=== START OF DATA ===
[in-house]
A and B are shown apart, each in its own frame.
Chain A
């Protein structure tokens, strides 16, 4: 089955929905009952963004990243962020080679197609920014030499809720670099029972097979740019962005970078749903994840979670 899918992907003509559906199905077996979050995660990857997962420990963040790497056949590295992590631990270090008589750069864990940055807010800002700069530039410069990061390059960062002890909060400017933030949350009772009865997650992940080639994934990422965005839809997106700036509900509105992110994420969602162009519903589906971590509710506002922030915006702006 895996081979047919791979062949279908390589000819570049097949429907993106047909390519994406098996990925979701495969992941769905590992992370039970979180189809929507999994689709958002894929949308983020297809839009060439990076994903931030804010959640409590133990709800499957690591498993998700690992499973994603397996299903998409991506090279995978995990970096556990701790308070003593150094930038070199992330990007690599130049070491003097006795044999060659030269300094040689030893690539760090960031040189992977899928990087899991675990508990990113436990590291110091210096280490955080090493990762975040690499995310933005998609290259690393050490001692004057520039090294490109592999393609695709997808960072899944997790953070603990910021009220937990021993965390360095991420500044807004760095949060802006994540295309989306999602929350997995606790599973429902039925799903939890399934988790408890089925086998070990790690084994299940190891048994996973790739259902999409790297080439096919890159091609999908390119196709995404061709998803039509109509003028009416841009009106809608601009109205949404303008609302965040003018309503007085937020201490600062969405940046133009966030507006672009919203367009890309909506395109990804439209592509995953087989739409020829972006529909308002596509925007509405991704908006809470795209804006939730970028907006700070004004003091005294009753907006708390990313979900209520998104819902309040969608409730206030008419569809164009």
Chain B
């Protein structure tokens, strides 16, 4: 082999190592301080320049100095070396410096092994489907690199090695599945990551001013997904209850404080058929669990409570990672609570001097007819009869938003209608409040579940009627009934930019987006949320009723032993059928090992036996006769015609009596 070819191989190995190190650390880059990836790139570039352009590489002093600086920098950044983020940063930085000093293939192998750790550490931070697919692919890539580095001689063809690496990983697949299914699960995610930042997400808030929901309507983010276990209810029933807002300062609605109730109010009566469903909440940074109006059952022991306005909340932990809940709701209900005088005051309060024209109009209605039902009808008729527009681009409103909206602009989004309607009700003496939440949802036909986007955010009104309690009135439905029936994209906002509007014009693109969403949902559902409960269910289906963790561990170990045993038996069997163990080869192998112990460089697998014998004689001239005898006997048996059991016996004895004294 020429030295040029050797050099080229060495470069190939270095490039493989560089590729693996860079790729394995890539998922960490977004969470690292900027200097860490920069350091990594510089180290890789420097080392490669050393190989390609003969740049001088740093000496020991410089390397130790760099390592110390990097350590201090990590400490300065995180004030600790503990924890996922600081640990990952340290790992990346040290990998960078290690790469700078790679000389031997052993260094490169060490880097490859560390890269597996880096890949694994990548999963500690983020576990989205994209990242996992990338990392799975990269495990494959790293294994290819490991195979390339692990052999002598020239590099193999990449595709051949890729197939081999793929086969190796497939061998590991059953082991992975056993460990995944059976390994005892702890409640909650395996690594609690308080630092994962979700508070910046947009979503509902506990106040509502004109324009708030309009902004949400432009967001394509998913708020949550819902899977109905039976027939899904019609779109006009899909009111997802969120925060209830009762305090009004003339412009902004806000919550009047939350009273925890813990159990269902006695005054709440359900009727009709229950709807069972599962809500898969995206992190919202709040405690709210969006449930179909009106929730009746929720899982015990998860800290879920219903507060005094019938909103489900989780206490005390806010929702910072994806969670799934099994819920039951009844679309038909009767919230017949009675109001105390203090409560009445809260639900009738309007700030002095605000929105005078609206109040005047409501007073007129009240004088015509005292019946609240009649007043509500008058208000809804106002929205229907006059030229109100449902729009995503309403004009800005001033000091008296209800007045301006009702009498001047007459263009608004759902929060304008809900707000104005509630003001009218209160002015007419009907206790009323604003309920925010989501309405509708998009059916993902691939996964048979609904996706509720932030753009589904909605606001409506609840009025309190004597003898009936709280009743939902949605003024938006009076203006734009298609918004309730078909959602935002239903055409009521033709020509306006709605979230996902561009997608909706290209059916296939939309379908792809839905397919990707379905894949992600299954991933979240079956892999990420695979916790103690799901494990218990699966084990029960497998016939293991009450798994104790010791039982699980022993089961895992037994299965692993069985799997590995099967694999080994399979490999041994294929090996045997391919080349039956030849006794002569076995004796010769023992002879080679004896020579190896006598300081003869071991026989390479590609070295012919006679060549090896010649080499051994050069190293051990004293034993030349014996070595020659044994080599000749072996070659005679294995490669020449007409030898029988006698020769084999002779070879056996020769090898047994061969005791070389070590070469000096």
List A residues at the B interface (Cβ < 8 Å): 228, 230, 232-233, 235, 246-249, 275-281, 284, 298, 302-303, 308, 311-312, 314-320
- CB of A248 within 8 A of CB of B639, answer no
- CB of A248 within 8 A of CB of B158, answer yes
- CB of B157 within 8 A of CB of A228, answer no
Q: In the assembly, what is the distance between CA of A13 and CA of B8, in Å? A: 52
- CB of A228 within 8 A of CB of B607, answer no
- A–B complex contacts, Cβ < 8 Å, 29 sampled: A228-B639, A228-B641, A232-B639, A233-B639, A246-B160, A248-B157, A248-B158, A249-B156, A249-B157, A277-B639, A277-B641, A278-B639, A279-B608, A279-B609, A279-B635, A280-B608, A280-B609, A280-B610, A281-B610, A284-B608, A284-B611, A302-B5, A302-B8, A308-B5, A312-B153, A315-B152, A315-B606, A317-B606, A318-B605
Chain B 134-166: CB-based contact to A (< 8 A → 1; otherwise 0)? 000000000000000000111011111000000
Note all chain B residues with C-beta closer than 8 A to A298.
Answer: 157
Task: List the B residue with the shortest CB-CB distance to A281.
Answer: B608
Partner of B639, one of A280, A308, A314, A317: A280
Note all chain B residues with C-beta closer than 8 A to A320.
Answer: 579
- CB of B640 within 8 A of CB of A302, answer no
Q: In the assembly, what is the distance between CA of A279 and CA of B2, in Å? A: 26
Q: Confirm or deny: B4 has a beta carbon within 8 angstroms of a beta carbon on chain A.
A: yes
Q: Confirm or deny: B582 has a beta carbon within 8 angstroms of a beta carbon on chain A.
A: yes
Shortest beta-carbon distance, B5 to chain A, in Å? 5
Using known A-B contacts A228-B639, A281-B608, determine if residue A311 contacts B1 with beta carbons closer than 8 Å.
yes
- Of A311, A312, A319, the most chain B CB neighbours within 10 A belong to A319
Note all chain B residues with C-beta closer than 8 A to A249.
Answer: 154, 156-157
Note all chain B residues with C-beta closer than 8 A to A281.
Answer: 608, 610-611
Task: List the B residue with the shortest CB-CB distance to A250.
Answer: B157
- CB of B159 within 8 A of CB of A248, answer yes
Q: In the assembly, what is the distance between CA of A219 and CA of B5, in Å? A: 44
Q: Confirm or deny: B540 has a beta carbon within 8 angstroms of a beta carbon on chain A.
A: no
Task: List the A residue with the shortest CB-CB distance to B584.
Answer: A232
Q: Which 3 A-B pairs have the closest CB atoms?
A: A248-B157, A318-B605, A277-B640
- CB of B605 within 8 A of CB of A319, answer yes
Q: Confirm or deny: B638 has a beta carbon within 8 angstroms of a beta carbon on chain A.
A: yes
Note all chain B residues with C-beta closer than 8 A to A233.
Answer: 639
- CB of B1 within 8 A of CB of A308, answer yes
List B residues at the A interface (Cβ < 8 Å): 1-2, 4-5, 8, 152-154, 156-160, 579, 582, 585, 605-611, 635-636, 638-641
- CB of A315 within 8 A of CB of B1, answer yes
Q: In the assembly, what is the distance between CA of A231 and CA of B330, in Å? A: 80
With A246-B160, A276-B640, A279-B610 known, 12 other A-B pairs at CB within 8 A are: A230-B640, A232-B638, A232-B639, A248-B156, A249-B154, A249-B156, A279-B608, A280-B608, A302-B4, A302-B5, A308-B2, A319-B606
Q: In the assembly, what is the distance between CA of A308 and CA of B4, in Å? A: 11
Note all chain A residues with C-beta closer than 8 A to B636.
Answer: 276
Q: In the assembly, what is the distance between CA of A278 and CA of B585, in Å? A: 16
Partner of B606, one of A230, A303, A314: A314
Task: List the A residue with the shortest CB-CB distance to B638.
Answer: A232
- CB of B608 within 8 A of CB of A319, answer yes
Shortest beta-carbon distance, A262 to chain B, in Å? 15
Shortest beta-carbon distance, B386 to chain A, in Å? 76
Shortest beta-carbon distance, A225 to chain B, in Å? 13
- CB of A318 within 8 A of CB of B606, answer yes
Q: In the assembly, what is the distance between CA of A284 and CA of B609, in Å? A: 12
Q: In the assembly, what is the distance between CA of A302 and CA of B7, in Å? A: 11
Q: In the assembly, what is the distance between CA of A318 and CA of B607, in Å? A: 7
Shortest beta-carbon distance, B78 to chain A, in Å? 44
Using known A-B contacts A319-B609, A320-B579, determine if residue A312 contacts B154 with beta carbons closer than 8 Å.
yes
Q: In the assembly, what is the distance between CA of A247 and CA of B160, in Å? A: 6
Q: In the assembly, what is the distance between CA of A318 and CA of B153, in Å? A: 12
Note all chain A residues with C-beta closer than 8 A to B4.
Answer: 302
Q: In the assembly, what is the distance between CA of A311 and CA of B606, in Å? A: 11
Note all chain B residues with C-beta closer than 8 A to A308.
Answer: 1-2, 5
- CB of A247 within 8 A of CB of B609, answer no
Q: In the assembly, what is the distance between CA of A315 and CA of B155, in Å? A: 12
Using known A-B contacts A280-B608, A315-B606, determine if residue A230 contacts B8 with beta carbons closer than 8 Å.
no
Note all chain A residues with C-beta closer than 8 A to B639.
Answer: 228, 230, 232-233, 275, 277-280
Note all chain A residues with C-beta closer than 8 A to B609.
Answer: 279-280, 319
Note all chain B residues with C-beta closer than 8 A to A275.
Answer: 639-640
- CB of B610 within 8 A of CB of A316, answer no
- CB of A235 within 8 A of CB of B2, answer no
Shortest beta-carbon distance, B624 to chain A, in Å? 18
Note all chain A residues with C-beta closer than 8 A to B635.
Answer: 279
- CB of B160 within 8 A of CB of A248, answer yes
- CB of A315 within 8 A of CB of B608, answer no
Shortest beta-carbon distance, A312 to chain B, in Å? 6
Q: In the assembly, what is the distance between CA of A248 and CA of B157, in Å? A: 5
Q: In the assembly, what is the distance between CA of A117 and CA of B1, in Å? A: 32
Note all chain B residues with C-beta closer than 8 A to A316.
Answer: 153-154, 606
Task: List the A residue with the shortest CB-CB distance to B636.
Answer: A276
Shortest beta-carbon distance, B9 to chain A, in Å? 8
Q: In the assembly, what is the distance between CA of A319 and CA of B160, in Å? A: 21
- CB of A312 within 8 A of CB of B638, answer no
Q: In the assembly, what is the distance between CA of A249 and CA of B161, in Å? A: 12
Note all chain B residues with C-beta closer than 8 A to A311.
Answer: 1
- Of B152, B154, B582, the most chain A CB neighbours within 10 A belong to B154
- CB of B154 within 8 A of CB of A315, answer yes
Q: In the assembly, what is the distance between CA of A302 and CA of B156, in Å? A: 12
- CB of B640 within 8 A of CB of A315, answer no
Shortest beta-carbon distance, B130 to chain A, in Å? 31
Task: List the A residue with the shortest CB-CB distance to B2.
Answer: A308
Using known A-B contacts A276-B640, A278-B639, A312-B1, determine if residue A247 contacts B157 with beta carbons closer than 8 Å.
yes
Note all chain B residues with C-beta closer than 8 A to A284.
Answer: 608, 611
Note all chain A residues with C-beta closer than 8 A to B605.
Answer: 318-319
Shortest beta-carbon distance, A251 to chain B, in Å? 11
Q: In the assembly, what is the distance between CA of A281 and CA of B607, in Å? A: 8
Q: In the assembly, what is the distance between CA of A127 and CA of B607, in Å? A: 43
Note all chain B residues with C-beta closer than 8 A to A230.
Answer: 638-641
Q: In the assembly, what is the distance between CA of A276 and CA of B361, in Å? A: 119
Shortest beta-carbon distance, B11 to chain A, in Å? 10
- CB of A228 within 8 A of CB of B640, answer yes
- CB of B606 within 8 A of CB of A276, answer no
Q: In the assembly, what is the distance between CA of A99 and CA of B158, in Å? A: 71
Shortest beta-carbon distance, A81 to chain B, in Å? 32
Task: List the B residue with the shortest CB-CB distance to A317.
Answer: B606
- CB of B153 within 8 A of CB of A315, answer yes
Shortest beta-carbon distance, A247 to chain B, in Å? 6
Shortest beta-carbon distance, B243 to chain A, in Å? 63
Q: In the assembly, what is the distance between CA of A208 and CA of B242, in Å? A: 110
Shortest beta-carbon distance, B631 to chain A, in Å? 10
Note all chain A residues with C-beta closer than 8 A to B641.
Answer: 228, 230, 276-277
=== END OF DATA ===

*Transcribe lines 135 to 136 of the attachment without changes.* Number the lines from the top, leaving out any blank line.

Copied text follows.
Task: List the B residue with the shortest CB-CB distance to A317.
Answer: B606